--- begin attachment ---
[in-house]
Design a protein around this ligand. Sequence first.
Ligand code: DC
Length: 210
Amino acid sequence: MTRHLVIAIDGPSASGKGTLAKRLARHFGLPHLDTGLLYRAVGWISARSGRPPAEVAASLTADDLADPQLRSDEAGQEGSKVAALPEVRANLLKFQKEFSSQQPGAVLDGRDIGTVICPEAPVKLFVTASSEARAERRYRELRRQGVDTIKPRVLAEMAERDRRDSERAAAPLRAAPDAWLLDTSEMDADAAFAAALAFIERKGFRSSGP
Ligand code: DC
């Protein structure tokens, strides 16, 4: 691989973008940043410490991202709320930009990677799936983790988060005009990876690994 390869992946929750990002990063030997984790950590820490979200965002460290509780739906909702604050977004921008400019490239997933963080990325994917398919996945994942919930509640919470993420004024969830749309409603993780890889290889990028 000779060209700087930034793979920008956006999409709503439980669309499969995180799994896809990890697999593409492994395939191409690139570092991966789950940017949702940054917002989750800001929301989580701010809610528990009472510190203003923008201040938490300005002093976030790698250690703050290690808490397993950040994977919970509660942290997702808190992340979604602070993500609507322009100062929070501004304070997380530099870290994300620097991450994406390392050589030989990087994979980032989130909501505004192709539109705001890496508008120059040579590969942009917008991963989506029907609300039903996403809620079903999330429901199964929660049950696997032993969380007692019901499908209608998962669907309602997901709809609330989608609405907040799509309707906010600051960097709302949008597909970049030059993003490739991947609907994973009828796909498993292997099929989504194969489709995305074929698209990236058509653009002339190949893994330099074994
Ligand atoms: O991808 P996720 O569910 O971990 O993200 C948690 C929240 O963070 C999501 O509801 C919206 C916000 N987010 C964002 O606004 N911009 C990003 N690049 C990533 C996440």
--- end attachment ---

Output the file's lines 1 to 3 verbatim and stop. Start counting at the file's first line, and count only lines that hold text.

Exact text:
[in-house]
Design a protein around this ligand. Sequence first.
Ligand code: DC